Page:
Three months later, Matt drove him away from the rehab and back into the life he had been hiding from, not taking any visitors or calls; just Danny alone with himself and the other patients and the doctors. He was barely stitched back together.

“It doesn’t smell like her anymore.”

“Hmm?”

“I can’t smell her perfume.” Danny glanced around the apartment, noting things that were missing. Photos, the absence of her humming, the fabric swatches that were always thrown around in a seemingly haphazard way, but made total sense to her, no longer pinned up all over. How quiet and still it was, how stale the air tasted. He turned around and faced his best friend.

“How long as she been gone?” He didn’t want to know.

Matt didn’t want to tell him, but he was going to, because he had just about enough of keeping secrets. He’d watched the man who was basically his brother practically destroy himself. The scraping and fighting to get where he was in life wasn’t going to be for nothing. People recognized his name, his ambition, his ability to turn nothing into something.

He’d watched Danny with women. Things usually ended badly, either because he was an addict or because he was never around or the girl was enamored with the idea that he was going to make it big, and then realized he was still years away from that. He’d watched Danny pick up a loose stray of a girl and devote himself to her. He was different with this one, whether it was because he was eleven years older than her or because she was strong minded, firm in her beliefs and not afraid to stand up for herself. Then it went to hell again and Matt tore her down with a few simple words because he didn’t think she was good enough for him. It bothered him and he didn’t know why, but he wasn’t going to let her ghost haunt him. He couldn’t tell if a storm was coming, or already came.

“Weeks now. Something about a semester abroad and maybe she wouldn’t come back, I don’t know. I came by to grab some of your stuff and she was packing up. Don’t worry about it.”

Danny’s stitches came loose.

 

The devil rolled the dice on Monday morning. Samantha headed her mother off by sending her a link to the story with a text that told her she was fine and to stay where she was. Danny was right, she would be on the next train up, and fuck if she was dealing with her face to face too.

“Are you ever going to forgive me?”

Startled, a bit too in her own head, Samantha stopped herself from sighing, and rolled her eyes at the board she was looking at. “Stop blaming yourself, Danny. Don’t worry about it.”

“You say ‘don’t worry about it’ a lot.”

“I learned from Matt.”

“He learned from me.”

They were sitting in the kitchen, Danny with his laptop open watching nonsense that was frying his brain, his feet kicked up on the table. The late morning sun streaming through the windows was making him squint but it was also casting a glow around his wife that made him think of beach days in Newport and long walks through Audubon Park in the afternoon. Once, during that spring break long ago, Danny had taken her to where he grew up. While walking through the outskirts of the Garden District, a homeless person tried to stop them to tell Samantha that she had the brightest aura around her. She grabbed Danny’s hand tightly and pulled him away, but he had wanted to stop and chat with the guy; he was right.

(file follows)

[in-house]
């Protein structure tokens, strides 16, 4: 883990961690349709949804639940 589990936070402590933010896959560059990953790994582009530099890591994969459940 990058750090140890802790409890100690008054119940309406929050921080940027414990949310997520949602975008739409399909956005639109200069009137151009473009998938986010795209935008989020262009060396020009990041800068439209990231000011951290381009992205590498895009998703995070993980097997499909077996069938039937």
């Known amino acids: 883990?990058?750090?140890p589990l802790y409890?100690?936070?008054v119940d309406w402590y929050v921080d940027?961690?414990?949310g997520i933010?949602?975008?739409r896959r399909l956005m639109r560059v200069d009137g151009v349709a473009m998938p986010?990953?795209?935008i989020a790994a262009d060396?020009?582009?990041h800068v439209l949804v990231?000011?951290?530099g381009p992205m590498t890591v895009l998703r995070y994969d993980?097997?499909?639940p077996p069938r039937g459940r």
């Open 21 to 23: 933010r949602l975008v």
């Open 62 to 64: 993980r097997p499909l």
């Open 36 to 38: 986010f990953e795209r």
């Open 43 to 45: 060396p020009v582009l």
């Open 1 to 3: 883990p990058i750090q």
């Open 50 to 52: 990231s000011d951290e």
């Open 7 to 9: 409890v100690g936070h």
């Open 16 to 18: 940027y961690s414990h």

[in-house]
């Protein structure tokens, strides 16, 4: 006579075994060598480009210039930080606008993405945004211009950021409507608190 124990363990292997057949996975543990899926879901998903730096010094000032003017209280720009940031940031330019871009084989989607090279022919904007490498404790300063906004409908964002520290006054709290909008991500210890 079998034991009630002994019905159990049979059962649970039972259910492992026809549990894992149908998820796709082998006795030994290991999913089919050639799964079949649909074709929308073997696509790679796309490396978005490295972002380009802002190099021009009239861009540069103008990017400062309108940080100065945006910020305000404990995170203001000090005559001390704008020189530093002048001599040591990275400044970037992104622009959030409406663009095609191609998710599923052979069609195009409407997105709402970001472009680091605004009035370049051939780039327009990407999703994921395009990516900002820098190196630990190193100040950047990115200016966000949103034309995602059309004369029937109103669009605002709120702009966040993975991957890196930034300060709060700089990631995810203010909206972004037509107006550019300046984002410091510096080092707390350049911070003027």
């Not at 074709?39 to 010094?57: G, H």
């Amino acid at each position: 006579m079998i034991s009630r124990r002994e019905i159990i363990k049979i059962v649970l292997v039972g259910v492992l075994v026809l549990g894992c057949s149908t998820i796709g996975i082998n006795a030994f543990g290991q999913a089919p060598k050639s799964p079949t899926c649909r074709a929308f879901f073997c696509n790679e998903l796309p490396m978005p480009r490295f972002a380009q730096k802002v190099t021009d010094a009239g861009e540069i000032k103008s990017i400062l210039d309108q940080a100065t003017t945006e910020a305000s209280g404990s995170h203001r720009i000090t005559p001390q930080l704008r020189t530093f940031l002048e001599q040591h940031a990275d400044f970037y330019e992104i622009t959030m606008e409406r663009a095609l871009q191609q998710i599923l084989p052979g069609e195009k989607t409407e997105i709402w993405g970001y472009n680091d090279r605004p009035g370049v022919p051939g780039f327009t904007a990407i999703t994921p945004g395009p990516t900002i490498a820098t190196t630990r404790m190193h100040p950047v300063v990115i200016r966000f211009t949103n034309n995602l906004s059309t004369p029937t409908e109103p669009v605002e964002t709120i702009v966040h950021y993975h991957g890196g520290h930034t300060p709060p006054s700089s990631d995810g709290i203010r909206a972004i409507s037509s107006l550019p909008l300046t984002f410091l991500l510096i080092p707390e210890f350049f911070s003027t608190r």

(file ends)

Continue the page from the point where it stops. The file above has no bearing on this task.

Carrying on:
Samantha had set up a project she was working on against the row of windows in the kitchen because the natural light was good for seeing color. She was trying to match a piece of fabric but all Danny could see was a woman in her element. Her messy hair had fallen out of its ponytail, the tie attempting to reign it all in having lost the battle. He loved her when she was dreaming, but he loved her the best like this. In ripped sweaters and loose shorts, so focused on her work that she forgot everything around her. It wasn’t unusual for her to forget there were other people in a room with her, so absorbed she could get.

“Why don’t you let the design team handle that?”

“Because they won’t take into consideration the price and send in a velvet. The customer will love it and I’ll be annoyed later trying to cost it out. It’s too expensive.”

Danny understood that, price margins were a part of his job, but he wished she had just taken the day off instead of working from home. Their morning had been mostly pleasant. After Samantha shot off a text to her mom they had both turned off their phones. They had set up with coffee and toast and spoke to each other quietly, just enjoying being together like they always did when time allowed.

Eventually, Samantha put her swatches down and turned back to Danny. He was watching her with crinkled eyes and rumpled clothes; he’d never bothered to change this morning. He looked soft and tired, but smiled sadly and sweetly at her as she made her way toward him. Reaching out to push his feet off the table, she felt herself smile back and climbed into his lap.

Pushing her forehead into his and meeting his eyes, she said “I’m happier to have you then be mad at you. I’m.. really sad this is happening, but Danny this isn’t your fault. Listen to me. I hate this. So much. And it’s not okay. But I’m not blaming you.” She pressed her lips to his slowly, letting the kiss linger before pulling away. “I don’t know why all of this is such a big deal or what we did to piss someone off, but if you’re waiting for me to fall apart, I’m not going to. You’re out of luck.”